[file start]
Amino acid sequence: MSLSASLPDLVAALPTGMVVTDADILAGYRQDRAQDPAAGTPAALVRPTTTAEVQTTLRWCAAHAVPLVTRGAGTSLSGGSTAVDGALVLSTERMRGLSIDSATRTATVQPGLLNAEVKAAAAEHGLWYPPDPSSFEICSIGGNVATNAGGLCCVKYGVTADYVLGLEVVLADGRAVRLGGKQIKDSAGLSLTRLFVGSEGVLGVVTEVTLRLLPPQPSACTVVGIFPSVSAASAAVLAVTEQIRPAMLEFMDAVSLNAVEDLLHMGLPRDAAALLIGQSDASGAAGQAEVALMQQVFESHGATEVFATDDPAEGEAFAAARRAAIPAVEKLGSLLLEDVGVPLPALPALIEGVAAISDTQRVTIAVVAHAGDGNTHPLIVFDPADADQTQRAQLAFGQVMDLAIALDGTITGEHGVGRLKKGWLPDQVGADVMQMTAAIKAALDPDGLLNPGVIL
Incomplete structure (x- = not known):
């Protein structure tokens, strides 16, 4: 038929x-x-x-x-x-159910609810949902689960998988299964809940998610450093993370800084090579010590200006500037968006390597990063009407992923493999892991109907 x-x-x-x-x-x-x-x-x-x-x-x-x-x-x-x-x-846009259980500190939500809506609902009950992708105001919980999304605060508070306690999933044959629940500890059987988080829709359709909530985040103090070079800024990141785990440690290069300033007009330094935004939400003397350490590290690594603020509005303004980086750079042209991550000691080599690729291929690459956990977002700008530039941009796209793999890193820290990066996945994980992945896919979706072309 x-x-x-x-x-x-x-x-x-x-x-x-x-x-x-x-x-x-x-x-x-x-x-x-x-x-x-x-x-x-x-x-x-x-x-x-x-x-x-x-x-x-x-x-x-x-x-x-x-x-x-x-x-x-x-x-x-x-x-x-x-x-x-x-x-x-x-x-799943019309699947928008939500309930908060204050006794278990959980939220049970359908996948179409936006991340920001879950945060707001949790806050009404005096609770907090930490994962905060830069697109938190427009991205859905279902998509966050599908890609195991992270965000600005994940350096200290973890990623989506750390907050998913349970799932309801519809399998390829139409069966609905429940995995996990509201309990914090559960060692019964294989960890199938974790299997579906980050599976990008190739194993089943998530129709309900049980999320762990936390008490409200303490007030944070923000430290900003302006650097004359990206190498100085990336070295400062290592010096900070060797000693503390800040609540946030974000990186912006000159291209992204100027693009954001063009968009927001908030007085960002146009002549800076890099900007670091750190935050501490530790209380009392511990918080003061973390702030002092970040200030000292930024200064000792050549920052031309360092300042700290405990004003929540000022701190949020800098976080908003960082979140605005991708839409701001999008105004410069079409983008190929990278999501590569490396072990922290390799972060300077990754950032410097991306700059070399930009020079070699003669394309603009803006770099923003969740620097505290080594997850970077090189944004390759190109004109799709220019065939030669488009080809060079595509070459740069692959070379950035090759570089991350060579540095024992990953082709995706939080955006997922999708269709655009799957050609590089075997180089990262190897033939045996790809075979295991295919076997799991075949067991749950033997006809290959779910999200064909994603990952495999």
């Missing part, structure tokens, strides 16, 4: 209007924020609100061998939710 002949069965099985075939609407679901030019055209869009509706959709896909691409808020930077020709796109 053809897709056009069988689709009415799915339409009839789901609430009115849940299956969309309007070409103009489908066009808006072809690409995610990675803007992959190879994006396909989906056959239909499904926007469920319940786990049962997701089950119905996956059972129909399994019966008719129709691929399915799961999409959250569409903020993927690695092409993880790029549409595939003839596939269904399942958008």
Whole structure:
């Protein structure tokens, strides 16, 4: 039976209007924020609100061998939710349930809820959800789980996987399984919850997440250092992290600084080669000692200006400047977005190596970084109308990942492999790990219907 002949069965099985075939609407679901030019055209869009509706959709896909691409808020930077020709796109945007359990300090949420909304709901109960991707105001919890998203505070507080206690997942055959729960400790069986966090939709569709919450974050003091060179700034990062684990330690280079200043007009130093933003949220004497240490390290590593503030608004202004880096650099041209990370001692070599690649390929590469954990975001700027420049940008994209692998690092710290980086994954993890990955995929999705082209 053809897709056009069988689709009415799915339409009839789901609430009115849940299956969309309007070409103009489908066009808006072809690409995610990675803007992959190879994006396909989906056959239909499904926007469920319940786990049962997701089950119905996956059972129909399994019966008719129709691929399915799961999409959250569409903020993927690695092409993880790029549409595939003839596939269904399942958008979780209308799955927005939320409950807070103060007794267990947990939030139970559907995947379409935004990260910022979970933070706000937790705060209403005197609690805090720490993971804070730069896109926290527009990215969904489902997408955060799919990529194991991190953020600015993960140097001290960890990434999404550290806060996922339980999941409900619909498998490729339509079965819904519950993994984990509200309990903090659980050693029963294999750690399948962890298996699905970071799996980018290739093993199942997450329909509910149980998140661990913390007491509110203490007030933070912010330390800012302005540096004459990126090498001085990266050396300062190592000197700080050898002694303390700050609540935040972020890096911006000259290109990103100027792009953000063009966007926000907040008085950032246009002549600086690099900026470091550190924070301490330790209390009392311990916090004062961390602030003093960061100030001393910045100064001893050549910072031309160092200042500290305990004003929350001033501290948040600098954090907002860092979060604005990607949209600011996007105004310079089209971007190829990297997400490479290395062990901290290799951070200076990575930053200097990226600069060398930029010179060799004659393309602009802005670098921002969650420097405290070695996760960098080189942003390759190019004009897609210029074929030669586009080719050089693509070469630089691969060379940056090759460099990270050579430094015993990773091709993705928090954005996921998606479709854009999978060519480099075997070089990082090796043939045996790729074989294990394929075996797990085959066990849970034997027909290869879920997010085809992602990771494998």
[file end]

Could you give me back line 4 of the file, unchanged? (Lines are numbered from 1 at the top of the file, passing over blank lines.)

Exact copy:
């Missing part, structure tokens, strides 16, 4: 209007924020609100061998939710 002949069965099985075939609407679901030019055209869009509706959709896909691409808020930077020709796109 053809897709056009069988689709009415799915339409009839789901609430009115849940299956969309309007070409103009489908066009808006072809690409995610990675803007992959190879994006396909989906056959239909499904926007469920319940786990049962997701089950119905996956059972129909399994019966008719129709691929399915799961999409959250569409903020993927690695092409993880790029549409595939003839596939269904399942958008």